Bodybuilding is nothing if not a game of balance—a quest to achieve a physique in which all muscle groups are developed to their fullest. Alas, this balance can be hard to achieve. Every bodybuilder I've even known—myself included—knows that it's easy to get muscle growth in some areas but frustratingly hard in others. To achieve a balanced physique, you have to constantly ask yourself whether your goals are being met and, if not, adjust training frequency, volume, and intensity accordingly.
That might mean combining body parts into the same workout, or training a lagging body part more often. Shoulder-and-triceps training serves as a great example of how we can combine body parts for less time in the gym, but better development.
Target Multiple Body Parts In One Workout
There is no right or wrong when it comes to training: There is only what works and what doesn't. But multiple body-part training seems to work for just about everyone. You just can't overdo it.
When we first begin training, most of us set out with a plan to train everything every day. We quickly realize you must break things up if you want to maximize the effort you dedicate to each body part—without spending three hours in the gym. The most logical approach, in my opinion, is to schedule training around the largest muscle groups of the body—the chest, back, and legs—while being careful not to combine them on the same day.
Most people don't need to dedicate an entire training day to shoulders and triceps, because both muscle groups are engaged when you do chest and back. Back training also places a great deal of stress on the rear delts, while chest training hits the front and medial delts and the triceps. You also hit triceps when you're shoulder pressing for delts.
Why Combine Shoulder And Triceps Training?
Pairing shoulder and triceps training has several advantages. If you've been training arms and shoulders on two separate days, you can now do shoulder and triceps one day, then add biceps to your chest or back training the next. This frees up an entire day you can use to rest, train a lagging body part, or pay more attention to your legs.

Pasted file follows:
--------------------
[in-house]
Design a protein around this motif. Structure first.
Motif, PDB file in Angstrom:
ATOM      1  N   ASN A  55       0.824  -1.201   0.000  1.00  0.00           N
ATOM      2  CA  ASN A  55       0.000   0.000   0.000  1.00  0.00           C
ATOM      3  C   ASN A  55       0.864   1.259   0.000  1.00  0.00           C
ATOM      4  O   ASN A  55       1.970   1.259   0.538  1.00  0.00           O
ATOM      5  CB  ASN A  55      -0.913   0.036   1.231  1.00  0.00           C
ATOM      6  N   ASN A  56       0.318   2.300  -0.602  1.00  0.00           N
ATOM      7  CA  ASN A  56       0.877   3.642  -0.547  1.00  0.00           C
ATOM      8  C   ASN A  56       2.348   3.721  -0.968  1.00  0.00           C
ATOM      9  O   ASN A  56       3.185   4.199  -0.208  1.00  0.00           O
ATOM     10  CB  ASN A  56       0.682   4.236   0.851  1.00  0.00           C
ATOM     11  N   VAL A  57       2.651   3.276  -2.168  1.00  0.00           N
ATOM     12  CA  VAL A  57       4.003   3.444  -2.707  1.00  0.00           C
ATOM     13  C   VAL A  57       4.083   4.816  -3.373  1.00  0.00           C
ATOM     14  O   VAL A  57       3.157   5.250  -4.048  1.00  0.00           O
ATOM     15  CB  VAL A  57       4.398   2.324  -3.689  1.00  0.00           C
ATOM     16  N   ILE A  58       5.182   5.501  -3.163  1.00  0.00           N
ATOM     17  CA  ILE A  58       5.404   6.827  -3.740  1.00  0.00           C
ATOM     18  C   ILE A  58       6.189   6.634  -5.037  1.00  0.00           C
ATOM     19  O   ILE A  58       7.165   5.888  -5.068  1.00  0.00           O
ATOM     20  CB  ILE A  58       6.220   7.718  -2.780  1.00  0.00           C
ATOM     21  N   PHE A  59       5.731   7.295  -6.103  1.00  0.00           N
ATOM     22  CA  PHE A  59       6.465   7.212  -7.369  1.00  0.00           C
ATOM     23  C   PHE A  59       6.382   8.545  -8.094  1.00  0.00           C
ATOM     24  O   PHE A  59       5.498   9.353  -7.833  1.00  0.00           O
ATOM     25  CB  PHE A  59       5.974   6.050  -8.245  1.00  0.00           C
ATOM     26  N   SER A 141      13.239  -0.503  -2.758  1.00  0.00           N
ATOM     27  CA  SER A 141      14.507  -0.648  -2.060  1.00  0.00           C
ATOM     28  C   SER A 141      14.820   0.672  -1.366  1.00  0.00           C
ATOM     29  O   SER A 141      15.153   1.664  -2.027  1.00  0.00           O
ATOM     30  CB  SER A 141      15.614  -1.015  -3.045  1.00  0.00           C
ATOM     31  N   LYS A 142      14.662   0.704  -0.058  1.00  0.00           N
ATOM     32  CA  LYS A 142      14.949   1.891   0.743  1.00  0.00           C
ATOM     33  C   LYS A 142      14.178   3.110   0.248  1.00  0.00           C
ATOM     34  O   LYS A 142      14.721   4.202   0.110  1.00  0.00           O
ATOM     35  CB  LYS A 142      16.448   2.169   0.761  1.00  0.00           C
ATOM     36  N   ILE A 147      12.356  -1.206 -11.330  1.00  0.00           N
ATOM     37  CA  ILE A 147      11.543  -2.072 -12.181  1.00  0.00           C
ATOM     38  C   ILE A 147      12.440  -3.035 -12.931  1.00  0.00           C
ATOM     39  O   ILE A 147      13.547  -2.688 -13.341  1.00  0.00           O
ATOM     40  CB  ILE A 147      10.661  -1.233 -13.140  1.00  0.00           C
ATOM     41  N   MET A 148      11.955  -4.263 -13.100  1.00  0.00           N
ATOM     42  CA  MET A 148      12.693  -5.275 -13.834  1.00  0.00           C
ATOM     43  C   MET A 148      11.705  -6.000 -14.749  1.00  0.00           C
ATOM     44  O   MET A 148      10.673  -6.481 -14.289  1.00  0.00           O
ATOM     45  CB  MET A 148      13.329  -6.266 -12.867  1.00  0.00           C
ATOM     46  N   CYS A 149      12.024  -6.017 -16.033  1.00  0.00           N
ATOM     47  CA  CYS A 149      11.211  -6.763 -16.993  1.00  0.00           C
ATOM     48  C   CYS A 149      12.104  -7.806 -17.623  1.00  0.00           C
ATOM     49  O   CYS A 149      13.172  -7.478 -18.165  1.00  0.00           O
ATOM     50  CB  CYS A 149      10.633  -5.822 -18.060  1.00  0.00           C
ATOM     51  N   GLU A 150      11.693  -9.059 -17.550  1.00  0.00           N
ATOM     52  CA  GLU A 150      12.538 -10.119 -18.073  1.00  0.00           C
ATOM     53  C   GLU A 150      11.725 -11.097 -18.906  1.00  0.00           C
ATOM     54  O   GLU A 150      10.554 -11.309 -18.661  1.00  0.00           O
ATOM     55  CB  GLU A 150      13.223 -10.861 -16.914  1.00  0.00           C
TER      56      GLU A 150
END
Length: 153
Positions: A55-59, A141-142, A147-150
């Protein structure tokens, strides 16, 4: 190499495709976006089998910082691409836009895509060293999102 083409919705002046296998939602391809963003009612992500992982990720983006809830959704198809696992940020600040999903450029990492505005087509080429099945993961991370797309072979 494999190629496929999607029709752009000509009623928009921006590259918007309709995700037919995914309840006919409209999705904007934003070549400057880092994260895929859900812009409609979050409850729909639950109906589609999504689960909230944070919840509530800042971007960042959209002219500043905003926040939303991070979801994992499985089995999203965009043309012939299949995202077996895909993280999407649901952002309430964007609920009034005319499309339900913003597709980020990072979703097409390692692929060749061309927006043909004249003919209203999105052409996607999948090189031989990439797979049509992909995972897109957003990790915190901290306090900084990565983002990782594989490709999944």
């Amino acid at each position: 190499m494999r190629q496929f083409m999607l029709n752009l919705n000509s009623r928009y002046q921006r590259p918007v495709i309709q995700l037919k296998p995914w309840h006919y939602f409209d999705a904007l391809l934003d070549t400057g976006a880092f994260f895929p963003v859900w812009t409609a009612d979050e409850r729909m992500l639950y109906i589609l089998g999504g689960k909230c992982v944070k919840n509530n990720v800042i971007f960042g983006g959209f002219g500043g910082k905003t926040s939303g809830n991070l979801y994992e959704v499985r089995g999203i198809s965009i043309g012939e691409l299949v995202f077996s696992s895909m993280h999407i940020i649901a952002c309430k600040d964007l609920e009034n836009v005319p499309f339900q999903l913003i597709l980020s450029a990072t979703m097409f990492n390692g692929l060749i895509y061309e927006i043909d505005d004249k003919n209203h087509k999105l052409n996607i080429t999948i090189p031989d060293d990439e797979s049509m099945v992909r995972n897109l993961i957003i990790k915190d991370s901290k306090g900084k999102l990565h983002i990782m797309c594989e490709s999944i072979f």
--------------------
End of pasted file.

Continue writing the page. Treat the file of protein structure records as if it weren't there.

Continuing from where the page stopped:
I firmly believe it makes more sense to split up leg training and give hamstrings and calves their own day, rather than trying to train your entire lower body at once.
Train Lagging Body Parts Less Often
In bodybuilding, as in the rest of life, less is often more. If you were to give both triceps and shoulders their own training days, you'd be in the gym seven days a week. That's a bad idea. Not giving your body time to rest won't lead to (and may take you further from) a balanced physique.
Most people with lagging body parts think the answer is to train them more frequently. Increasing intensity almost always helps develop large muscle groups such as legs or back. For most people, though, training these big muscles takes so much energy that it's hard to maintain intensity in the long run. Instead, people tend to intensely train smaller muscle groups, such as their arms and delts, mostly because it doesn't take as much energy to train them.
When I suggest continuing to train arms and shoulders, but to do it with less volume and more intensity, people often worry this approach will cause their muscles to shrink. But, as I mentioned earlier, these body parts get put through their paces as part of other exercises and so don't require as much direct training.
Too Much is…Too Much
People typically try to improve lagging muscles by doing more in training through greater frequency or volume. Based on firsthand experience, though, I find this approach rarely works. Since these smaller muscle groups like arms and shoulders are subjected to quite a bit of stress when training back and chest, giving them each an entire day harms instead of helps them.
Get more efficient with your training by combining shoulders and triceps, add biceps training to your back or chest day, and use your suddenly free day to give your body some extra rest. Or, you can use that extra day to hit neglected parts of your body, like maybe your hamstrings and calves. Give first priority to body parts that usually get the leftover scraps from a hard and heavy quad training session, and they'll repay your attention with growth.